With Tissue Nearby
Judging the SALON TODAY 200 was radically different this year. While there were still piles of essays to read and score and data to consider, most of the SALON TODAY team did their judging with a box of Kleenex at hand. Not only did these essays show how salon were impacted by the pandemic, they often revealed a strength in character that makes us all proud to be human.
In a typical year, this year’s ST200 would only have examined the growth and best business practices of 2019. But in the midst of the chaos that was last summer, I queried a handful of long-time honorees, asking how current events should impact this year’s application. Many told me it was hard to write about their success in 2019, when they were struggling to hold onto their businesses in 2020. So we decided to look at both years through our essays, allowing applicants to share their growth in 2019 and their survival strategies in 2020.
Knowing and loving the industry as we all do, it was impossible not to be emotionally impacted as you read these essays. Here are two that will stand in my memory forever:
"One day, after receiving news that we did not obtain the first round of PPP loan, all our employees came together and presented a special surprise. After working curbside orders that day, I walked across the street to the park and shockingly saw the entire team sitting together in a circle with wine and love letters, along with a huge envelope full of cash they wanted to donate to the salon; just in case we didn’t get the second round of PPP. I will never ever forget that moment for the rest of my life. It was the most selfless and most caring act any employee can do for their place of employment. It just goes to show, when you truly care and take care of people and show them what’s possible and how to reach their own version of success, then they will do the same for you. I’d move mountains for them, and I know they would do the same.” Raven Row Salon, Austin, TX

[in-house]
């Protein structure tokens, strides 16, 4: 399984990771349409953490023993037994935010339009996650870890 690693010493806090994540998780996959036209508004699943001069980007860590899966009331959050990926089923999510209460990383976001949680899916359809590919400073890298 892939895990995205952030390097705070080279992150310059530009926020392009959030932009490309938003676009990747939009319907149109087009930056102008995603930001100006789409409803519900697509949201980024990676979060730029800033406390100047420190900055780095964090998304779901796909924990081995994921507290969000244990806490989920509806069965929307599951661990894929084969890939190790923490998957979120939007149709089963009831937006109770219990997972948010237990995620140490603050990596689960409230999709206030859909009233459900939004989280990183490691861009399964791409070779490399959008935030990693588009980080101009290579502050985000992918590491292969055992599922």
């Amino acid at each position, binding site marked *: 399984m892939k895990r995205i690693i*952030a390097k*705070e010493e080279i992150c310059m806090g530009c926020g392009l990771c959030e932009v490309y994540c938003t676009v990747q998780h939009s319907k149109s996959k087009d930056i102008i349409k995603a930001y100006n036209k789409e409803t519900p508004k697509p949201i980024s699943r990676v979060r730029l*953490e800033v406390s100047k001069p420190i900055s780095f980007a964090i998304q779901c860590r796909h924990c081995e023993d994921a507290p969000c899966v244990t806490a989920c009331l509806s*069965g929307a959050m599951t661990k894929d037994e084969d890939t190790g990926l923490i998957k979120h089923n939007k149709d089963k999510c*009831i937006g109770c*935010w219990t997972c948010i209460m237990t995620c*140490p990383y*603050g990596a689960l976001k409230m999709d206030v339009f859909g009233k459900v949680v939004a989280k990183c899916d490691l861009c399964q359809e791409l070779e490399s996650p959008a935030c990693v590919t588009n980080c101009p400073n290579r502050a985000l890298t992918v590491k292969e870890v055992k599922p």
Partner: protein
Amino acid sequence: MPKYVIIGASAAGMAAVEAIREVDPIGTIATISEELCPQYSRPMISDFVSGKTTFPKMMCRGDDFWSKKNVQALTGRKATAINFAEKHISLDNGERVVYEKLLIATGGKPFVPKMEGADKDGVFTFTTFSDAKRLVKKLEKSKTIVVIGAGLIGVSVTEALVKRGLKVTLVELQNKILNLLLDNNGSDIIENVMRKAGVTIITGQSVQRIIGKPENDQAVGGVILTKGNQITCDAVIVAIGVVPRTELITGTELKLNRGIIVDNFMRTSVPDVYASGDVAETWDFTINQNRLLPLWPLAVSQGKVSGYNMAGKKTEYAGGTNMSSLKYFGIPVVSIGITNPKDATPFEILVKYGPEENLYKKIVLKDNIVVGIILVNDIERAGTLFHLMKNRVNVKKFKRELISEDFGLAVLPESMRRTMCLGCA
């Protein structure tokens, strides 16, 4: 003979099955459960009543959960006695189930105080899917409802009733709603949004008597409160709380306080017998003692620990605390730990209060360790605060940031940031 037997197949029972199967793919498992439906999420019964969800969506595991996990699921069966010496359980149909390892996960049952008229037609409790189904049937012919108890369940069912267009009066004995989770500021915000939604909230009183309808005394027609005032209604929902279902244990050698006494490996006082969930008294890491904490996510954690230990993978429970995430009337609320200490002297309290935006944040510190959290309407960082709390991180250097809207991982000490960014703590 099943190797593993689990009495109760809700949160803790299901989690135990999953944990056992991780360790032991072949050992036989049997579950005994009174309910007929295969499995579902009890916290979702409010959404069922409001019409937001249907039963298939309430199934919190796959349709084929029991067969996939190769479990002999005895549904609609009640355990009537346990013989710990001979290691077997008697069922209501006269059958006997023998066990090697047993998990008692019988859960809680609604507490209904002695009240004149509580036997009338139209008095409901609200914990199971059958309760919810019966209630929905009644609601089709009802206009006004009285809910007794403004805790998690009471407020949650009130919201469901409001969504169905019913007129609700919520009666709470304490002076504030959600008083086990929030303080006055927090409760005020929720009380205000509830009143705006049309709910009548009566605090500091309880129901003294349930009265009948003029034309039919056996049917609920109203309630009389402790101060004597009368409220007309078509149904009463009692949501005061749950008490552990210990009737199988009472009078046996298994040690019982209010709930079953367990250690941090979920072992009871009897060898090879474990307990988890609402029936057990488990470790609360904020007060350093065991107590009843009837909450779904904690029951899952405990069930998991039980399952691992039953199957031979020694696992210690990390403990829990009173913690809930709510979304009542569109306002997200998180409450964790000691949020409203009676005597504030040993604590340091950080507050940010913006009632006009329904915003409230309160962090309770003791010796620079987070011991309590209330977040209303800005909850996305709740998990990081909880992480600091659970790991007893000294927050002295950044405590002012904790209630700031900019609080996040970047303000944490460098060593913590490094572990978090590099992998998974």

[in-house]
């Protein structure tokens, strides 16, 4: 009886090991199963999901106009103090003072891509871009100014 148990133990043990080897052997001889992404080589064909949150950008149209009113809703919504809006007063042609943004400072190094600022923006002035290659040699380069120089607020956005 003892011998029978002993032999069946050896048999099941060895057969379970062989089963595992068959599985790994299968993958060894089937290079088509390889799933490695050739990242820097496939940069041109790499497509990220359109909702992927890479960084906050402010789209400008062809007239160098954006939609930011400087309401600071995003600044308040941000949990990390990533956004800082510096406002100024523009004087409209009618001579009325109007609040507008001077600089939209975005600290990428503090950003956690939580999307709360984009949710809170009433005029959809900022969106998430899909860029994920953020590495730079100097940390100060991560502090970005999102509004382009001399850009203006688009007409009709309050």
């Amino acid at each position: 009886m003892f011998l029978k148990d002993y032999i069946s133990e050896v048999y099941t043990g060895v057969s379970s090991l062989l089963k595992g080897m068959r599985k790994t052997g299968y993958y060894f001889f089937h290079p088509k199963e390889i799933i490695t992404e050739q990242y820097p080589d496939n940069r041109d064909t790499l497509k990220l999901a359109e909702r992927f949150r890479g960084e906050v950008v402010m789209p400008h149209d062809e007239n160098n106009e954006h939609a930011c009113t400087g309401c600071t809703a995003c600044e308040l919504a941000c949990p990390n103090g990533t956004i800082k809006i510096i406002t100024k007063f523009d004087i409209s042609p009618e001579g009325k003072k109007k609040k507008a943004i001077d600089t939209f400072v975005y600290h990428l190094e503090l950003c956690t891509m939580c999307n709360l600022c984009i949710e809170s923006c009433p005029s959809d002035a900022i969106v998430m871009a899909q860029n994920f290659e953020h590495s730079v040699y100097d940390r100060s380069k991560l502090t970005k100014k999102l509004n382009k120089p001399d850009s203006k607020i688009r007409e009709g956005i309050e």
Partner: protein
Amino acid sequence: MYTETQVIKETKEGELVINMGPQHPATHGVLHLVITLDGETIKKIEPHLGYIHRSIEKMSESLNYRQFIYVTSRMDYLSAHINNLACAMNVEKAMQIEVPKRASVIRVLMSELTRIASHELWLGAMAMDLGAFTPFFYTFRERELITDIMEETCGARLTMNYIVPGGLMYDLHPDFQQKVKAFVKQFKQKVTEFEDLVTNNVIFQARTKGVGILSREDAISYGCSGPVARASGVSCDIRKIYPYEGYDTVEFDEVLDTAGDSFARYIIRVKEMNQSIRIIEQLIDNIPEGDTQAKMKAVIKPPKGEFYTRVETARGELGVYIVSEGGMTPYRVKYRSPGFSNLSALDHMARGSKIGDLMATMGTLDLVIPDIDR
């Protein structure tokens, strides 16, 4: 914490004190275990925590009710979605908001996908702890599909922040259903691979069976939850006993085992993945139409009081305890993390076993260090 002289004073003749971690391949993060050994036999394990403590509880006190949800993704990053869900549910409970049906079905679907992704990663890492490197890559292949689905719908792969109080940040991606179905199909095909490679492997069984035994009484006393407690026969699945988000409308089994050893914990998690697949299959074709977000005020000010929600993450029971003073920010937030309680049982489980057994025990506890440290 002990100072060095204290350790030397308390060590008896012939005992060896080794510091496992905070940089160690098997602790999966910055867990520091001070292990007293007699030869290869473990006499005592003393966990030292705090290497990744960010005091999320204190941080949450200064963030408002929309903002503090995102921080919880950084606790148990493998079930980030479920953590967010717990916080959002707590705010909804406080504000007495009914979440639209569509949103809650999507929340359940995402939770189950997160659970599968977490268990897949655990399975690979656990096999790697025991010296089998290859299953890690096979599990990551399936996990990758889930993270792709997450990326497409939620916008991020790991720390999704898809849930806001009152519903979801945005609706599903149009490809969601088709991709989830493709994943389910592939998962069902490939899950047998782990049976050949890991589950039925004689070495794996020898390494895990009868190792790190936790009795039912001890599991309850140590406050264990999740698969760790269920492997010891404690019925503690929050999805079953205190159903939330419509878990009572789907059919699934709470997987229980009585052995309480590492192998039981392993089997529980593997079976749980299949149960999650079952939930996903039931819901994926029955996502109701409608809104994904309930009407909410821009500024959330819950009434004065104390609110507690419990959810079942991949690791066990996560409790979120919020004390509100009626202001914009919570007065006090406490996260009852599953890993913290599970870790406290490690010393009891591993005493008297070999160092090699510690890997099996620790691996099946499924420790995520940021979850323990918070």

"We had been reopened for just over three months after the shutdown when Hurricane Laura, a Category 4 hurricane, made a direct hit to our Southwest Louisiana community. The entire town was without power for weeks. We were lucky that both the salon and the academy received minimal damage, because the approximately 150 mph wind had ripped roofs off of buildings and collapsed brick walls into rubble all over town. Two weeks after the storm, we opened for two days to offer free haircuts to first responders. We invited stylists from all over town to join us and worked out of our academy on generator power. We took a break for two days, then opened back up for our stylists and clients at the academy where we stayed on generator power for another two weeks, returning to the salon when power was restored. We then let other salons that had lost their locations use the academy to start seeing their own clients. At least 10 salons we know of were completely lost to damage from Hurricane Laura—we felt called to open our doors to those stylists. However, this only lasted a week before our area was hit again, by Hurricane Delta. Again, we were forced to close and evacuate our still-devastated community and watch as a hurricane poured salt (or in this case, water) on open wounds (or in this case, roofs). Delta only kept us closed for seven days, and we were back in business.”—The Ritz Inc., in Lake Charles, LA
While these stories certainly tug at the heartstrings, I’m hoping 2021 is a year of rebuilding, growth and success that yields strong, but less heart-wrenching essays, in next year’s SALON TODAY 200.
Wishing you good health, full chairs and happy clients!